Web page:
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Pickle Me This

March 20, 2018

New books by Elisabeth de Mariaffi and Nathan Ripley

Hysteria, by Elisabeth de Mariaffi

The week I was reading Hysteria, I was a bit all over the place, and in the beginning was having some trouble following the novel. “Is it you or me?” I wondered, which was kind of fitting, because the protagonist is wondering the same thing about everybody around her. The novel wasn’t what I’d been expecting either—from the jacket copy, I’d been picturing Gone Girl, domestic suspense, and girls on trains. But then I began reading and found myself in the land of Betty Draper—although not before a prologue with fairy tale elements, a girl lost in the woods and even in the land of Grimms, not far from Dresden near the end of World War Two. But de Mariaffi’s Betty and the girl in the woods turn out to be the same person, just a decade apart. Heike, rescued from a Swiss convent by her American doctor husband—she’d been for a time his patient—who has delivered her to America, and now to a lake house in New York State near the mental hospital where he is working and where Heike will spend the summer caring for their four-year-old son. All of which isn’t to say that I wasn’t enjoying the book—I adored de Mariaffi’s previous novel, The Devil You Know—but instead that I found it disorienting, and I soon realized that I was supposed to. Because Heike, like I felt as a reader, is also out of place and unable to trust her own senses—she’s fragile from her wartime trauma and her husband keeps giving her pills that make her dozy. So that when she starts seeing ghostly images of a young girl, it generally seems in keeping with the spirit of things. And then her son disappears, and Heike’s husband won’t tell her where he’s gone, and it’s around this point when Heike’s agency becomes apparent and she takes up with a television writer inspired by the creator of The Twilight Zone, and I was thinking about The Turn of the Screw and the mechanics of ghost stories. Hysteria was excellent, even before I found my feet, and now I want to go back and find my way through it again.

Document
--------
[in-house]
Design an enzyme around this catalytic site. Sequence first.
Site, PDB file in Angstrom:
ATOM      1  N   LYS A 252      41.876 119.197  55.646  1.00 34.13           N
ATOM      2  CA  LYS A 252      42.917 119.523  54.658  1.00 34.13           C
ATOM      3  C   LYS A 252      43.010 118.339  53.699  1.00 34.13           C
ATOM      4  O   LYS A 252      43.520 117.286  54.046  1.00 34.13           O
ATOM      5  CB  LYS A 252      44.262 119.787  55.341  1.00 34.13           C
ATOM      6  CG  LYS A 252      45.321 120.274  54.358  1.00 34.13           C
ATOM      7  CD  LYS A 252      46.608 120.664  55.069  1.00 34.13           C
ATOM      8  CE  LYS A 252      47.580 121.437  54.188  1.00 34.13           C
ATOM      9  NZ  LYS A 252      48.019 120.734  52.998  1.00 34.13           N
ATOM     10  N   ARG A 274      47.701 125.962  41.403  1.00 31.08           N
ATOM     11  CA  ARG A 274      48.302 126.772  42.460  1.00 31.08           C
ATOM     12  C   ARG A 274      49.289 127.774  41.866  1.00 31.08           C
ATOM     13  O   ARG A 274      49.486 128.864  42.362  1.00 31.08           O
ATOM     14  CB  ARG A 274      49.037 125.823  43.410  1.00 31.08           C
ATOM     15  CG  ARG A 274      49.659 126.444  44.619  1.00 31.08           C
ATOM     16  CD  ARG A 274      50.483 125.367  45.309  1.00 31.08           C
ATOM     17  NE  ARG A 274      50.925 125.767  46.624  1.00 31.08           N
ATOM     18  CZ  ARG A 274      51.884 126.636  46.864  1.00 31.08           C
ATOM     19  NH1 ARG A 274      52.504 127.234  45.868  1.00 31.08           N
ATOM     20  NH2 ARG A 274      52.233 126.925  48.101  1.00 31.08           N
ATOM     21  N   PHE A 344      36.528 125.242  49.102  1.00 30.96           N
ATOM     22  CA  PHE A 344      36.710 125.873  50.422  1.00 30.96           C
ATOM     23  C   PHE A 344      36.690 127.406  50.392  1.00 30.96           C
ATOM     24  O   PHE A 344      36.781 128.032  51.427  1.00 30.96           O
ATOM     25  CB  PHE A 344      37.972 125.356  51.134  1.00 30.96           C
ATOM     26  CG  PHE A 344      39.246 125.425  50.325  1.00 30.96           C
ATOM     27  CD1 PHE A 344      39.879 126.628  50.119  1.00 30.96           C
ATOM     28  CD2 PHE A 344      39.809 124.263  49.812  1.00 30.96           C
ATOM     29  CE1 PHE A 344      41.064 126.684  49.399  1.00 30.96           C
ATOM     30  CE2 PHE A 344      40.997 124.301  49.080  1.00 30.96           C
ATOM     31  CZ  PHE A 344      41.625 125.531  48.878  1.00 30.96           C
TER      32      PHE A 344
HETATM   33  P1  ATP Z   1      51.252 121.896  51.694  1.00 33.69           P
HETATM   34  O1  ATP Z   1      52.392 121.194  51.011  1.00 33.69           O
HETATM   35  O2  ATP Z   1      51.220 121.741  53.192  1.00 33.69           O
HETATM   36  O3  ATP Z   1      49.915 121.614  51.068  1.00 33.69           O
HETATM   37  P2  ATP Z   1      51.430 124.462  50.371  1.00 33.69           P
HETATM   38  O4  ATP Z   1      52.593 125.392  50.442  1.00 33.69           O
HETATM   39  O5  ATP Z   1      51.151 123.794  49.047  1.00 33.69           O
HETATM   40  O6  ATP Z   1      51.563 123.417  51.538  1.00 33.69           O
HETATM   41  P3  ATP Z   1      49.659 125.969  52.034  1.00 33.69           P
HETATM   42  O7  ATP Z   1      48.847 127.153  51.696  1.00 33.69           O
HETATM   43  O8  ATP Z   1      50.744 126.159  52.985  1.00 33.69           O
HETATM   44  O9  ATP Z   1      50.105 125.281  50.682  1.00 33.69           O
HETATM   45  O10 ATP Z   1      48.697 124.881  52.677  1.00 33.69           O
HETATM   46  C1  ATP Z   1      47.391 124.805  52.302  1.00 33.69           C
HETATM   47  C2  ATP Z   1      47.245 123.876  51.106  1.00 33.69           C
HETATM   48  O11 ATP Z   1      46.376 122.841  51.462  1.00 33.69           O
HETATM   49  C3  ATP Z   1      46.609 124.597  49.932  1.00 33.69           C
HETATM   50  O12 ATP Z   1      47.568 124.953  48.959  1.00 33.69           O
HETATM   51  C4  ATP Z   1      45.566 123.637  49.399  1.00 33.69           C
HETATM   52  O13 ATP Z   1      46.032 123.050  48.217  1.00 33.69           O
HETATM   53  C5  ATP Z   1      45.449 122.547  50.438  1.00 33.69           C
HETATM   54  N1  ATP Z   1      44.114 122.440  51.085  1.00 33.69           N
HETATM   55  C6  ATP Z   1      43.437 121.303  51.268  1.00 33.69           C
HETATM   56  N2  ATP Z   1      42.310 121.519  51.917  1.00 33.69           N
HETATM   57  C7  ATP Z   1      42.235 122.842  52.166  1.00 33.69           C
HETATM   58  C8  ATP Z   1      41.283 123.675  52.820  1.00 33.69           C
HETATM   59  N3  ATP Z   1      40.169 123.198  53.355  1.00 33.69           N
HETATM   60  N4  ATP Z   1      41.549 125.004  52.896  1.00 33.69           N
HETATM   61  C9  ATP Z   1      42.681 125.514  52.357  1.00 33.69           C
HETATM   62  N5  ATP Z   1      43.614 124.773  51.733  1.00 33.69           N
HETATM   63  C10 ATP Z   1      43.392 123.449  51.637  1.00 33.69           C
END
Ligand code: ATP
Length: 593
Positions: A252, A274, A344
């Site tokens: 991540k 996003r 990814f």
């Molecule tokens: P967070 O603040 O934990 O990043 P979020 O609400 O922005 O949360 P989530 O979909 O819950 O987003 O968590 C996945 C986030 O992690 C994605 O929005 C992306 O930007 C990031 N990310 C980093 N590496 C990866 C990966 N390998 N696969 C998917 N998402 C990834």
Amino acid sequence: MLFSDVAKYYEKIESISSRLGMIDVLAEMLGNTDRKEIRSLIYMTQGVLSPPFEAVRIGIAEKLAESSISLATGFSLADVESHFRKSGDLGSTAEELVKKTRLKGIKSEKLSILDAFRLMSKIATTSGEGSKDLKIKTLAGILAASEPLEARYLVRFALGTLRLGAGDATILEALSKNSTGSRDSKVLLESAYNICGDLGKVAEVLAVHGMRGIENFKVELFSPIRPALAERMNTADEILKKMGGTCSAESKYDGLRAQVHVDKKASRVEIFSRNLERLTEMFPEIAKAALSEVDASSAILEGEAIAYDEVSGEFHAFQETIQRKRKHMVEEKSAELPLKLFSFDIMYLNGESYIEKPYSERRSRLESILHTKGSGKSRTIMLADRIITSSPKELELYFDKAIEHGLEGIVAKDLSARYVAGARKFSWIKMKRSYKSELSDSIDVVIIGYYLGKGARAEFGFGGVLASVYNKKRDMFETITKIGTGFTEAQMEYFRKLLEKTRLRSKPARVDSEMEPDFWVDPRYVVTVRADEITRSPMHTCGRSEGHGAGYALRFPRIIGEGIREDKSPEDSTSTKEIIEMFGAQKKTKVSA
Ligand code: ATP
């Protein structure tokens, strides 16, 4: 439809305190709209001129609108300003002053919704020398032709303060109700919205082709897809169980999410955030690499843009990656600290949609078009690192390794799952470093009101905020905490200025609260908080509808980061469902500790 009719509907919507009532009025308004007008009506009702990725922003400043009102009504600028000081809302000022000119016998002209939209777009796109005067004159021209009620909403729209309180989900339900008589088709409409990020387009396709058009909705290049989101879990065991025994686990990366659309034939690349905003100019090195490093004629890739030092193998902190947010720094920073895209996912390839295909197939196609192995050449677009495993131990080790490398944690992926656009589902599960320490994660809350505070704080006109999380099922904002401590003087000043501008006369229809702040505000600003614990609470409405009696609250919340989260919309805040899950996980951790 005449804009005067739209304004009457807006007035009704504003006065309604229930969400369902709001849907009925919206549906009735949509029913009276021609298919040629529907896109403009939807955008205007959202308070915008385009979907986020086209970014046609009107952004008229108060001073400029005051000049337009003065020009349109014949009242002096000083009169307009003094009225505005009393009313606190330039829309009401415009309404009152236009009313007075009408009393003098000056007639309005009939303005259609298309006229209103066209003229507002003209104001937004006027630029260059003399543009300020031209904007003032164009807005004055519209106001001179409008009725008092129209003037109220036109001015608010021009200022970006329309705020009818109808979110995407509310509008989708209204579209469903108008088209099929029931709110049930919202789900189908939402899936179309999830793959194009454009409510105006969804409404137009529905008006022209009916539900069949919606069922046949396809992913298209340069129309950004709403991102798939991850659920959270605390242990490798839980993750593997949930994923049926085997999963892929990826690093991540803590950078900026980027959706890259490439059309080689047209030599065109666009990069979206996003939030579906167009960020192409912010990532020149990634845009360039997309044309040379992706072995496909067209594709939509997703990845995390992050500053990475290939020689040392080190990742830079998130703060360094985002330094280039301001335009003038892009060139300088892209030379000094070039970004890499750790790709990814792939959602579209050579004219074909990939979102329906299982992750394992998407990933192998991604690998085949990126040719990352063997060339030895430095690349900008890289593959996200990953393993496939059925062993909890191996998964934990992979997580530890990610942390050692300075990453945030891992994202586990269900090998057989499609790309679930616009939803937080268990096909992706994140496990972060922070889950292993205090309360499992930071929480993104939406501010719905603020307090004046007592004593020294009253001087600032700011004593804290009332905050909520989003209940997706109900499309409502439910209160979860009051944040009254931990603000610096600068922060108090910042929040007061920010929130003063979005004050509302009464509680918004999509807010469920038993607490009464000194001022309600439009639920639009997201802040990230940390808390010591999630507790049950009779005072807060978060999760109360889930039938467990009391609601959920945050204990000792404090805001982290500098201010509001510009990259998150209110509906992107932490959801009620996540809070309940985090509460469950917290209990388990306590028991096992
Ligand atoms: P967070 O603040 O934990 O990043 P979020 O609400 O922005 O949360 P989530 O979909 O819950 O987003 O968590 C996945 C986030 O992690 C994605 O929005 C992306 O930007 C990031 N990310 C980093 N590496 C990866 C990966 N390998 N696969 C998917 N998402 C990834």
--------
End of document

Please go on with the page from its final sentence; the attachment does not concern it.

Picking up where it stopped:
Find You in the Dark, by Nathan Ripley

Once you’re reading enough books about murder, your standards for gruesomeness start to change, so that all of the sudden you’re on the radio saying, “Oh, yeah, it’s a book about a man obsessed with serial killers and digging up the long-lost remains of their unclaimed victims.” Like that isn’t weird at all, right? Which is the point of Find You in the Dark, by Ripley (a pseudonym for the award-winning Naben Ruthnum), the way that it’s easy to be swayed by the protagonist, Martin Reese, a retired tech millionaire whose hobby just happens to be unearthing remains. Plus, he’s married to the sister of a woman who disappeared twenty years ago, and begins to slip comments about nasty deeds committed in his youth. Is Martin—loving husband and father, albeit a bit weird—really such an ordinary guy? The reader begins to discern that his intentions aren’t as honourable as he’d have us suppose. And we aren’t the only ones who are suspicious, because someone else has found out what he’s up to and there’s a fresh body buried in a decades-old grave, and Martin Reese’s carefully constructed reality is seriously under threat. There’s also a kick-ass police detective who is smarter than he is, so Martin has to figure out something fast. But do we want him to? Is he a good guy or bad? That moral ambiguity is one of the most compelling parts of the novel, whose creepiest aspect turns out not to be the unearthed bodies, but instead the experience of being made to feel so sympathetic to such a messed up mind.

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